Russian President Vladimir Putin has said that he is opposed to the idea of a separate [Kurdish] state in northern Syria, confirmed President Recep Tayyip Erdoğan Thursday on his return from a state visit to Russia's Sochi.
"Putin said, 'establishing a Kurdish state in northern Syria would disturb Turkey, we are aware of that.' We do not welcome such development either. We had discussed this issue earlier. Now, with different steps, we will respond to any threat that originates in the region. We voiced our concerns and he does not find these concerns abnormal," President Erdoğan told journalists.
The president also said that he expressed his concerns to Putin regarding photos of Russian soldiers beside the PKK-affiliated Peoples Protection Units (YPG) forces in Syria's Afrin. The Russian president assured him that he would examine the photos.
"The next step is now up to Putin. We explained the situation to them. We hope they will be determined in this regard as well and there will not be negative developments," the president said.
The relationship between Turkey and Russia have been fully restored, President Vladimir Putin said in a meeting with President Recep Tayyip Erdoğan in Sochi Wednesday, where the two leaders discussed the latest developments in bilateral relations and the Syrian crisis.
Erdoğan also said that he hopes the creation of de-escalation zones in five Syrian regions, including Idlib, will solve 50 percent of the conflict in Syria.
Russian negotiator Alexander Lavrentyev said that Russia hopes to negotiate a memorandum with Turkey and Iran to establish four de-escalation zones in regions where most intensive fighting is taking place between the Assad regime forces, Jabhat al Nusra and the moderate opposition.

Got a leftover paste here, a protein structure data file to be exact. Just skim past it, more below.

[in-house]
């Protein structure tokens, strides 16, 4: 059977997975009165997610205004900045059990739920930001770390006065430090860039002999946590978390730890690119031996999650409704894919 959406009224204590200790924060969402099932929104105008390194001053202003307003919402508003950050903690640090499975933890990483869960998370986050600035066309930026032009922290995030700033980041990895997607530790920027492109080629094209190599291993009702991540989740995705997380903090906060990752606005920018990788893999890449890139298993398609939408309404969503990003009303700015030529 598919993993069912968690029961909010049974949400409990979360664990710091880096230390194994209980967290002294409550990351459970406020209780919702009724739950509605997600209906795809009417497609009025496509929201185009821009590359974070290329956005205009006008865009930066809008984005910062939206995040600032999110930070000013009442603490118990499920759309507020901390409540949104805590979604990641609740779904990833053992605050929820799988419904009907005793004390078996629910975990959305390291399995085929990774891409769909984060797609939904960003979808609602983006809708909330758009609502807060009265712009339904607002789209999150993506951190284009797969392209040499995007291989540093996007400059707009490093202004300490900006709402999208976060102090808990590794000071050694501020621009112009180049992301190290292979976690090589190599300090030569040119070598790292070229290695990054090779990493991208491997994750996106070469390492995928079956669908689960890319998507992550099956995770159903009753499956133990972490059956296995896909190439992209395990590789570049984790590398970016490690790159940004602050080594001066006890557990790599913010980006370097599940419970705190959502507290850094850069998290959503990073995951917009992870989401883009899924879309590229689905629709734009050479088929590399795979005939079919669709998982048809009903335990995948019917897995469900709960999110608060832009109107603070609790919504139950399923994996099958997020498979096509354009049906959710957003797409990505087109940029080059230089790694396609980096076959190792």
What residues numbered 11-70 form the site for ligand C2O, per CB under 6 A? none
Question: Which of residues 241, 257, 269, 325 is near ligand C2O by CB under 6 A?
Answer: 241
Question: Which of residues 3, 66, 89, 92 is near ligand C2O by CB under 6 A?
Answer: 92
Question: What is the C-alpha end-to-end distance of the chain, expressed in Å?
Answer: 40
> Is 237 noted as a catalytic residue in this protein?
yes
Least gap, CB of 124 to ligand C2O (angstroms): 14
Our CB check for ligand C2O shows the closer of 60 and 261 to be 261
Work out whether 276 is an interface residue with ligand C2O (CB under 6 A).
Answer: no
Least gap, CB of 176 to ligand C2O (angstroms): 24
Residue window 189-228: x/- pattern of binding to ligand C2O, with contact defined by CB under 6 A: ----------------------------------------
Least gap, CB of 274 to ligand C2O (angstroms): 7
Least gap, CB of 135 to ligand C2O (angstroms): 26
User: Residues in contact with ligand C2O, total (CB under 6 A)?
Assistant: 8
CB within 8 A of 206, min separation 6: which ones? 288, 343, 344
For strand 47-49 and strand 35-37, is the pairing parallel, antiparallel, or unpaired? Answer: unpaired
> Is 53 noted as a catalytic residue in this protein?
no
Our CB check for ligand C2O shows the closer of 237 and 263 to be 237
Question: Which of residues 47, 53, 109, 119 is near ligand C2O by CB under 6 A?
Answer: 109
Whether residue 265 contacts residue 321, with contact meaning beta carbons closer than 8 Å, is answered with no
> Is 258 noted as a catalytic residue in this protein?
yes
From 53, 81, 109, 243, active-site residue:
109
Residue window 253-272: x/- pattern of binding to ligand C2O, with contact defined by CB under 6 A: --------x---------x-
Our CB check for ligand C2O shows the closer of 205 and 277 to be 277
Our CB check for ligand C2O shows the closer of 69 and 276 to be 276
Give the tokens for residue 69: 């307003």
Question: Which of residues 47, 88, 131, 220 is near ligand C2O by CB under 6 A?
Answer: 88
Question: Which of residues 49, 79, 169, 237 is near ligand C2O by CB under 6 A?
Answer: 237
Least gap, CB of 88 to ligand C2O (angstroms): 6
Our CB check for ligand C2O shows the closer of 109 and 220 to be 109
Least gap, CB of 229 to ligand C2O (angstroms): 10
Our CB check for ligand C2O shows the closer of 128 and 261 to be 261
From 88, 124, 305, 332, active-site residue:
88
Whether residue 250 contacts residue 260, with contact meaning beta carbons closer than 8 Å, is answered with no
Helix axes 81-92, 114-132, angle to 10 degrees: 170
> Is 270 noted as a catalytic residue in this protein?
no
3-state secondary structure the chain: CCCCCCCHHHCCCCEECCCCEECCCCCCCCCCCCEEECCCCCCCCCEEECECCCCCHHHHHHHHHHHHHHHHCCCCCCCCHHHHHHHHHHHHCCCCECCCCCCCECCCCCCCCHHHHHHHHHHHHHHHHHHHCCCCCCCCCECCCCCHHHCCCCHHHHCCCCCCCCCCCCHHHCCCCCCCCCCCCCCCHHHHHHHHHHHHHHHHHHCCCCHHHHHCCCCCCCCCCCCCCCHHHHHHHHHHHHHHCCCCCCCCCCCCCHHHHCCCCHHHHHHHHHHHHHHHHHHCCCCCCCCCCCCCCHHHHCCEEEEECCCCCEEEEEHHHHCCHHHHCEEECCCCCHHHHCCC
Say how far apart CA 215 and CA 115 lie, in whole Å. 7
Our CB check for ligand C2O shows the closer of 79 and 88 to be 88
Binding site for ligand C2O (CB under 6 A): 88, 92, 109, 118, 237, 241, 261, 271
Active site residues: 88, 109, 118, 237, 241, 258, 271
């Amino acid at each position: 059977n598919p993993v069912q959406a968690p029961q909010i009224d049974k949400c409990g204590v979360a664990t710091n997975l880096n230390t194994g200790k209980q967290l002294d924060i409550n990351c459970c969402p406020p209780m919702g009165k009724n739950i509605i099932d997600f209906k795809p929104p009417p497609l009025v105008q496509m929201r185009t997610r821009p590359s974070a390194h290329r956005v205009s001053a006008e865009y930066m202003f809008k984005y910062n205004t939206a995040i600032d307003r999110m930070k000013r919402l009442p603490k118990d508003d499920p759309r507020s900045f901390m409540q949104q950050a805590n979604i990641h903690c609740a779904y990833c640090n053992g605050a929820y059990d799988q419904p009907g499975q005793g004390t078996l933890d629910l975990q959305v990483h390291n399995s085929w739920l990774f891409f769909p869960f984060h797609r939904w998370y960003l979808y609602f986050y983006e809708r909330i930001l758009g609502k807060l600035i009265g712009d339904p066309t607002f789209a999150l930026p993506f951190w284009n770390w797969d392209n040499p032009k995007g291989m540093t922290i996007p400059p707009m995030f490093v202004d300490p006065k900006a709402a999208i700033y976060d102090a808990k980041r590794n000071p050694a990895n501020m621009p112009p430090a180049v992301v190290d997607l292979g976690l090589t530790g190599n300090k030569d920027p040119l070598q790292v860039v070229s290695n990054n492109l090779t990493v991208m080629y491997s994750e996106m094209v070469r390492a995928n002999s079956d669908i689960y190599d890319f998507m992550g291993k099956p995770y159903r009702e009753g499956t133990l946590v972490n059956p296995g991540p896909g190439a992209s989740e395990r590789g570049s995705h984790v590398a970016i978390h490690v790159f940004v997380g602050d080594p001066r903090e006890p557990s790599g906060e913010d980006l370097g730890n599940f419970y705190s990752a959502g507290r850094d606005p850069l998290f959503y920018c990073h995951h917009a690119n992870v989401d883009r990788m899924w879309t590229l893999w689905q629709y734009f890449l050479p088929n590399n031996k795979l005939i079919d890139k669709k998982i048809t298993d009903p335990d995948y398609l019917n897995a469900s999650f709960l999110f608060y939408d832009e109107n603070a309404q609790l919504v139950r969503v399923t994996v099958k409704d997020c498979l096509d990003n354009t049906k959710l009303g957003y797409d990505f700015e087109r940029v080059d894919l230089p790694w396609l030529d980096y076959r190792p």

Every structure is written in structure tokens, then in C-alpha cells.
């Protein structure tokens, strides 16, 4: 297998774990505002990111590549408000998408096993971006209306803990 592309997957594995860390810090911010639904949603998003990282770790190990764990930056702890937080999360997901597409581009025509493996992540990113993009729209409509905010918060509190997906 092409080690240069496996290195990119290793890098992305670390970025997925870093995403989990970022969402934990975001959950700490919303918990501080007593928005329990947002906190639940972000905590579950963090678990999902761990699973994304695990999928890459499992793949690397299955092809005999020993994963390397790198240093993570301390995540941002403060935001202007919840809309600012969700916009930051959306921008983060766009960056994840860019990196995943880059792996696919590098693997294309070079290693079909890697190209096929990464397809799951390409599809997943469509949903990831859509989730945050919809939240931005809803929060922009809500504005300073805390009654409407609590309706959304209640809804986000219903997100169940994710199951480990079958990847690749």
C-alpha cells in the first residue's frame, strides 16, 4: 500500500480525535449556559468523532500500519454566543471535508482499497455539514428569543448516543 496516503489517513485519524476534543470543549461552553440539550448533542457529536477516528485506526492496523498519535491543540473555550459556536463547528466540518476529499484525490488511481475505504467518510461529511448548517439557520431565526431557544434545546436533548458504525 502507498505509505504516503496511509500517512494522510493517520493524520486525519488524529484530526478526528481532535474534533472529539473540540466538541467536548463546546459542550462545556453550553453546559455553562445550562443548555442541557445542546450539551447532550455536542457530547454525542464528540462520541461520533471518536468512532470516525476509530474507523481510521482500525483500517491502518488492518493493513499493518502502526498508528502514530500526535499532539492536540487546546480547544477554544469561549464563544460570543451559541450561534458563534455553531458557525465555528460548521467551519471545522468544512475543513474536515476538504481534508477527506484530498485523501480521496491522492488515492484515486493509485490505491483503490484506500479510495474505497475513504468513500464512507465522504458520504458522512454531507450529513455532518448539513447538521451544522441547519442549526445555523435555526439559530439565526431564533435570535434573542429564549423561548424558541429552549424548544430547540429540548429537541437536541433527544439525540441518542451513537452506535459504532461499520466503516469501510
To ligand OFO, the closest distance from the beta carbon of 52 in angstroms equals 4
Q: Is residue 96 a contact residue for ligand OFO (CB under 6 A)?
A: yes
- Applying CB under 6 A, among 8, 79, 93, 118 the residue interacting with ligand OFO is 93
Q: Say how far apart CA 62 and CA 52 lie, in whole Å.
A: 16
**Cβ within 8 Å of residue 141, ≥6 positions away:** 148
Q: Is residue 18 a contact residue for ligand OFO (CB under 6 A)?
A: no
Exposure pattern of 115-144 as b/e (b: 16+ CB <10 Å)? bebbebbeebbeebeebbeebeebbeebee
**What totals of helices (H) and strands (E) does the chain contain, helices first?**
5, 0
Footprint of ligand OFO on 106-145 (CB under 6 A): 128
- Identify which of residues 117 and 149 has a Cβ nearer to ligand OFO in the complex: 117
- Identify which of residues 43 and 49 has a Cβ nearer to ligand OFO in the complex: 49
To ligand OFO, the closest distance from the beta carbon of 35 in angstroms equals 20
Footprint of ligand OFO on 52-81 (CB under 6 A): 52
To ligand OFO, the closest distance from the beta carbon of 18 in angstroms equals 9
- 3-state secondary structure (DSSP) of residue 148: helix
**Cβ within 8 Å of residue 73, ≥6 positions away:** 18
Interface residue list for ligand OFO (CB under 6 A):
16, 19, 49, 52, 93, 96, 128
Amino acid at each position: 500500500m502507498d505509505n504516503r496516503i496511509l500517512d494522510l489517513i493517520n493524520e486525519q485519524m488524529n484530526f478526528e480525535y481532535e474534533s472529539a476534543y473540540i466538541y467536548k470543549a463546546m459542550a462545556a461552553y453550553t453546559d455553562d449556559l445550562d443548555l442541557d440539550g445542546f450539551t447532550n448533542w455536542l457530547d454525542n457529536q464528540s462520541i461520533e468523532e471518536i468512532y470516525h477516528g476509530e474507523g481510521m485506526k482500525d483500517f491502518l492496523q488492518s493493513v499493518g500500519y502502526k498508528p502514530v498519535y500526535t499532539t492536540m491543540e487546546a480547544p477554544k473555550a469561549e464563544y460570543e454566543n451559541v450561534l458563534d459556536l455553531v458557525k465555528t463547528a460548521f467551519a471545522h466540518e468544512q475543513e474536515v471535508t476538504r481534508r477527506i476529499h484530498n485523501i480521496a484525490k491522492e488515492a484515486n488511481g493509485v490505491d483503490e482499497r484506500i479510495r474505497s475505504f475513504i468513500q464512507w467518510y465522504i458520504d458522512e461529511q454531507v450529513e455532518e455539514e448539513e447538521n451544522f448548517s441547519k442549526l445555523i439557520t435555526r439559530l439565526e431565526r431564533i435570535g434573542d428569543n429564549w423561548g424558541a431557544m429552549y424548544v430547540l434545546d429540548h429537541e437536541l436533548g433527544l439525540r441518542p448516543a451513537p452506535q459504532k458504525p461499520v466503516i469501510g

The Syrian opposition, which suspended its participation in the Astana peace talks and demanded an end to Assad regime bombing of areas under its control, announced Thursday that they will return to the negotiating table.
Meanwhile, Erdoğan noted that he will hold a trilateral meeting with Russian and Chinese presidents Vladimir Putin and Xi Jinping in his upcoming visit to China.
The president also said that he told Putin about his concerns regarding the photos of Russian soldiers beside PKK-affiliated Peoples Protection Units (YPG) forces in Syria's Afrin, and the latter told him that he would examine the photos.
Turkey and Russia have played a key role in stopping the bloodshed in the Syrian war by agreeing on the evacuation of Aleppo in late December of last year, which was described by Putin as "the biggest humanitarian operation in the world," and subsequently established a nationwide cease-fire in the war-torn country. Along with Iran, the two countries also took the initiative to bring together the Assad regime and the Syrian opposition in Astana to sustain a cease-fire agreement and to negotiate for a political transition in the country.
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